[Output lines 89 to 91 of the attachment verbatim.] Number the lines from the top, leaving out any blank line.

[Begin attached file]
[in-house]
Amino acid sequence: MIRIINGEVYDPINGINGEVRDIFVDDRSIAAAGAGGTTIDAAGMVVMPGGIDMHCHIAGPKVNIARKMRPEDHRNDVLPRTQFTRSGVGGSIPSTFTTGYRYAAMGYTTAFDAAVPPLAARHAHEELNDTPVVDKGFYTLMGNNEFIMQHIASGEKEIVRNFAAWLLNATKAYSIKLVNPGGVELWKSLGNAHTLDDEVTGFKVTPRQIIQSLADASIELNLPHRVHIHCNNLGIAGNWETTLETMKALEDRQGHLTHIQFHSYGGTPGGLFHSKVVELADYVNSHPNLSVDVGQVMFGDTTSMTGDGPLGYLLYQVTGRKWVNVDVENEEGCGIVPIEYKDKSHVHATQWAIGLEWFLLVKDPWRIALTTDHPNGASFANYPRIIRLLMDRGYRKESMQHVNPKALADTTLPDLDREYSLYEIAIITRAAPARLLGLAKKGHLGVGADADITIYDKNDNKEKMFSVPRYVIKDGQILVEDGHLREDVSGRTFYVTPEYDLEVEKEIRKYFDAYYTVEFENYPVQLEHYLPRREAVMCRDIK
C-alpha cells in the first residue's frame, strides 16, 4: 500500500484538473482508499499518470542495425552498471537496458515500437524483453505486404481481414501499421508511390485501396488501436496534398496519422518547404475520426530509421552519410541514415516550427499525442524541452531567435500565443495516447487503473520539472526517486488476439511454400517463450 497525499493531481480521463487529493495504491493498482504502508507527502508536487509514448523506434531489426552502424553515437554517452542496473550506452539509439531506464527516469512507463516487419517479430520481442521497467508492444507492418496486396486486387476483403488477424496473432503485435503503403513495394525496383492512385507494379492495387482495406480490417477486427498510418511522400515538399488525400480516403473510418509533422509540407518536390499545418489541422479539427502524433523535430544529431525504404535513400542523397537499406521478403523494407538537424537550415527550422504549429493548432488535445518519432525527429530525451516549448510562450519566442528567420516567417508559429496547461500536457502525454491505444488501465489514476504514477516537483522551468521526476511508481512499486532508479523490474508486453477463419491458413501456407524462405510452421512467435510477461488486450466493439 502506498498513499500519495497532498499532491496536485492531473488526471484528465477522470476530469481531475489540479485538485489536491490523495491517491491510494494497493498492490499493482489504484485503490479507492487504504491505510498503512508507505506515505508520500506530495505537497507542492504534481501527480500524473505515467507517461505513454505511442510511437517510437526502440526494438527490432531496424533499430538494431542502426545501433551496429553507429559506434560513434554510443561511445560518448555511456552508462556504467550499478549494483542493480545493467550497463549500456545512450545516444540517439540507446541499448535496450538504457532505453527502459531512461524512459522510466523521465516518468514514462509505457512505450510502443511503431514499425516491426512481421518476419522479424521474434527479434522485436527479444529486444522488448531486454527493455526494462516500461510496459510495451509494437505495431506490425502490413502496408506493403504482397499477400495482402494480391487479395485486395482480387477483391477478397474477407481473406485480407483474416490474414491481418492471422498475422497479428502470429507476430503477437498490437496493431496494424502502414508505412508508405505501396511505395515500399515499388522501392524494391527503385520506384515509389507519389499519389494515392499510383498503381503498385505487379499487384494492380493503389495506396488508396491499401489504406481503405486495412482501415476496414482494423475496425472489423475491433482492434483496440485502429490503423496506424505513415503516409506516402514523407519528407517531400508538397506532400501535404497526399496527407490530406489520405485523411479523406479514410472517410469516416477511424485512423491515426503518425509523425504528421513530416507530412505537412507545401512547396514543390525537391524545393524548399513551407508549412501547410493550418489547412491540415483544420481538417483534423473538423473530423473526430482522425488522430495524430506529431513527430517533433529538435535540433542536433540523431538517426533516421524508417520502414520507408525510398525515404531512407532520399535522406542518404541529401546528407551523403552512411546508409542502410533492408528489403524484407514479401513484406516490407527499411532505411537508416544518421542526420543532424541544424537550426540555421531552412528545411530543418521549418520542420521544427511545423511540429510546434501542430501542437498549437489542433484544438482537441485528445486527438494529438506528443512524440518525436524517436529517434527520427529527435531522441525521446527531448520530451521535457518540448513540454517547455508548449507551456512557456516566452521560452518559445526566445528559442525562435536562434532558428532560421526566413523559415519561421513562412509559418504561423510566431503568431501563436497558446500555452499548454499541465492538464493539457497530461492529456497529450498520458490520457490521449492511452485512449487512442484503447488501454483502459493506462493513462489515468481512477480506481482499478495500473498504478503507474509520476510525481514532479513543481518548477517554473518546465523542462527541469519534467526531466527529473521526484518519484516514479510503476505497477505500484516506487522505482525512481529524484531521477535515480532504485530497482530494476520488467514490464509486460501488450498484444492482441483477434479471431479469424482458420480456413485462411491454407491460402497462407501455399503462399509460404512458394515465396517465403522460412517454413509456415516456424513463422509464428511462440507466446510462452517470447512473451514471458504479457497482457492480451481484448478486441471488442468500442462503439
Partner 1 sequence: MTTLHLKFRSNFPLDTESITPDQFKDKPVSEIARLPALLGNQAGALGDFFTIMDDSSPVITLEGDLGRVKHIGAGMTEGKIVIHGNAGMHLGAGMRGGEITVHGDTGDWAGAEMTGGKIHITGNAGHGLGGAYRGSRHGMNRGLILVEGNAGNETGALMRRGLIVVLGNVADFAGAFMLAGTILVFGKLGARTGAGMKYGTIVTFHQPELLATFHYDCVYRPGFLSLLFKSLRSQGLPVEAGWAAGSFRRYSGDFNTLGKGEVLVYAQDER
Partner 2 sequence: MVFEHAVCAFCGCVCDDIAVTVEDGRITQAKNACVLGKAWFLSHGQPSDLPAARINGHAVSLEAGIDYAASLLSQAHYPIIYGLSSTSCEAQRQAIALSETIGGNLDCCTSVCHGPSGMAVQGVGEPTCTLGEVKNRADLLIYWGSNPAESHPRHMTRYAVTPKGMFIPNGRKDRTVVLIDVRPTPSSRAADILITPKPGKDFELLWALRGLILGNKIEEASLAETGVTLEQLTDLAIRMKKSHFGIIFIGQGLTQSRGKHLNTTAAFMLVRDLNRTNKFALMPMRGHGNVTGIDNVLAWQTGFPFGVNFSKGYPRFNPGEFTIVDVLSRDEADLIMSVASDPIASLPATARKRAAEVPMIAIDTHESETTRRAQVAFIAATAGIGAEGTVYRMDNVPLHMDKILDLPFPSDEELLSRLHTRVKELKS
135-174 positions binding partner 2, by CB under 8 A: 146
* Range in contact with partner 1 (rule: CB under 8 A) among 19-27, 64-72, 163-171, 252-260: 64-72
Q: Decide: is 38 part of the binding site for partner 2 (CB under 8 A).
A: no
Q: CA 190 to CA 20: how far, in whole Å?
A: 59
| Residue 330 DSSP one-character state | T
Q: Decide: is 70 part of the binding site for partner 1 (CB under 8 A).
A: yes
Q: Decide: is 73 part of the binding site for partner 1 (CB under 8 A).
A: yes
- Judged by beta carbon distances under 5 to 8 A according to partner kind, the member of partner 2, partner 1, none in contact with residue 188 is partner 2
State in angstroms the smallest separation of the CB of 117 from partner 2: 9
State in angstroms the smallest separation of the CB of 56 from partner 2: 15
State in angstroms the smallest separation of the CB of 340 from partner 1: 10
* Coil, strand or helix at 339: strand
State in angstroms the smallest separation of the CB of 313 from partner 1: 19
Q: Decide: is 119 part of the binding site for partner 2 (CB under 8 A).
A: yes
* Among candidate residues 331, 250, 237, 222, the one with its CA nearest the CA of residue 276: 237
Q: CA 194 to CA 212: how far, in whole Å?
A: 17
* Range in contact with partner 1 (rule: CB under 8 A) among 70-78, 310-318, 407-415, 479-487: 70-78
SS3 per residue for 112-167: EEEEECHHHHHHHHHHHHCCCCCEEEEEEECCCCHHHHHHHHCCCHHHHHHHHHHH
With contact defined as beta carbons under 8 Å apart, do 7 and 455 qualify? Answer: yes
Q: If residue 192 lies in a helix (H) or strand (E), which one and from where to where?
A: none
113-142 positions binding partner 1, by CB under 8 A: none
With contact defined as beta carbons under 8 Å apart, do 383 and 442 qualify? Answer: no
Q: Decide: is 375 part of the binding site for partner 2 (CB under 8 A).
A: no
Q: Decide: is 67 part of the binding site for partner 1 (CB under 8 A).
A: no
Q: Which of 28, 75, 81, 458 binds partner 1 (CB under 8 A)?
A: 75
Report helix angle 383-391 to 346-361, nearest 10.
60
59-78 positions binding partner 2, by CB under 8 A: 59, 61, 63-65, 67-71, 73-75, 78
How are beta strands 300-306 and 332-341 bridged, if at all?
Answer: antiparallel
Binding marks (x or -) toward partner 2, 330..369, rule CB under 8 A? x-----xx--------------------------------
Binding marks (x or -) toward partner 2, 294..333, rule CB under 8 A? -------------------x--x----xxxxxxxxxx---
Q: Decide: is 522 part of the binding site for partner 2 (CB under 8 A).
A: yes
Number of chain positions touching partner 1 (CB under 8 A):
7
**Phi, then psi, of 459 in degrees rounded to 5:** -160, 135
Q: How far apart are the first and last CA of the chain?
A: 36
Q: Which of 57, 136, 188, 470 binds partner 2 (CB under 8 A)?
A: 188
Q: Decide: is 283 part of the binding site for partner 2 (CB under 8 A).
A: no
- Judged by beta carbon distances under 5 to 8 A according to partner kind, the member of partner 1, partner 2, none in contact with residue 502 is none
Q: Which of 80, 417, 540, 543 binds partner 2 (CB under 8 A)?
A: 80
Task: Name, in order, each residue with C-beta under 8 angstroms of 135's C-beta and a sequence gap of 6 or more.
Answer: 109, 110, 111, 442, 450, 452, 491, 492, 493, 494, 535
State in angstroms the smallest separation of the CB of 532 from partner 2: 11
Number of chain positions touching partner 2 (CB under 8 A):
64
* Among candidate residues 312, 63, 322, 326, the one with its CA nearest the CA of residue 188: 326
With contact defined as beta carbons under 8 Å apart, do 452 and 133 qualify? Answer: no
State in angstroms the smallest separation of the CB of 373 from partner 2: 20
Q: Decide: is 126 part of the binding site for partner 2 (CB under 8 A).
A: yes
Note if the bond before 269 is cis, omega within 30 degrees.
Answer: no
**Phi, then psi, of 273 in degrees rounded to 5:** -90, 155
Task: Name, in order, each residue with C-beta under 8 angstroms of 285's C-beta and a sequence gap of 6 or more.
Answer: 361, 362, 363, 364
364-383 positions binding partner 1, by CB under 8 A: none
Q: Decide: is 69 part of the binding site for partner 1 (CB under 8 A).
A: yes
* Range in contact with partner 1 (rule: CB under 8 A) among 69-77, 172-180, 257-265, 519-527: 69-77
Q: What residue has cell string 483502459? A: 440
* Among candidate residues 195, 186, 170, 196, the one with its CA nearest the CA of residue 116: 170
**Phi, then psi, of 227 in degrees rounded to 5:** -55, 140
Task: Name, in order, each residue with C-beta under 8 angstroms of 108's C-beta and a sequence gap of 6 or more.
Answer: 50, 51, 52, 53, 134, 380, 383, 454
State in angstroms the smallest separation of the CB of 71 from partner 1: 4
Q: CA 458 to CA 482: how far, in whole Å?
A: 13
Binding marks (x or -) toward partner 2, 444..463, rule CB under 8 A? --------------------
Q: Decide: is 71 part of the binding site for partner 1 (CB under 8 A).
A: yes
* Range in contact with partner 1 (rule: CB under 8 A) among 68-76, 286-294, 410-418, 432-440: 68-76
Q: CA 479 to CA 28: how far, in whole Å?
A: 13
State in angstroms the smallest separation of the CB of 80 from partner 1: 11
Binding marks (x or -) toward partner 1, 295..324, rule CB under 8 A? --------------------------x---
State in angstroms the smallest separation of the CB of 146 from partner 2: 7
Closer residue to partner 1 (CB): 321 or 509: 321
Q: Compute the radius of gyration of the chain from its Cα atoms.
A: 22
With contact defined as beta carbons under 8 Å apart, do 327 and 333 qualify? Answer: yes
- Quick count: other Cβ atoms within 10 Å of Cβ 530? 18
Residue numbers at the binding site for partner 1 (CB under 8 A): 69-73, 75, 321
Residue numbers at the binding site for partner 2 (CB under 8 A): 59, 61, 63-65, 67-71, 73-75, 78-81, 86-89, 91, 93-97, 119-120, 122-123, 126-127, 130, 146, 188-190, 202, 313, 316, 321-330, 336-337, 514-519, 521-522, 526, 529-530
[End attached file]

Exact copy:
Binding marks (x or -) toward partner 2, 444..463, rule CB under 8 A? --------------------
Q: Decide: is 71 part of the binding site for partner 1 (CB under 8 A).
A: yes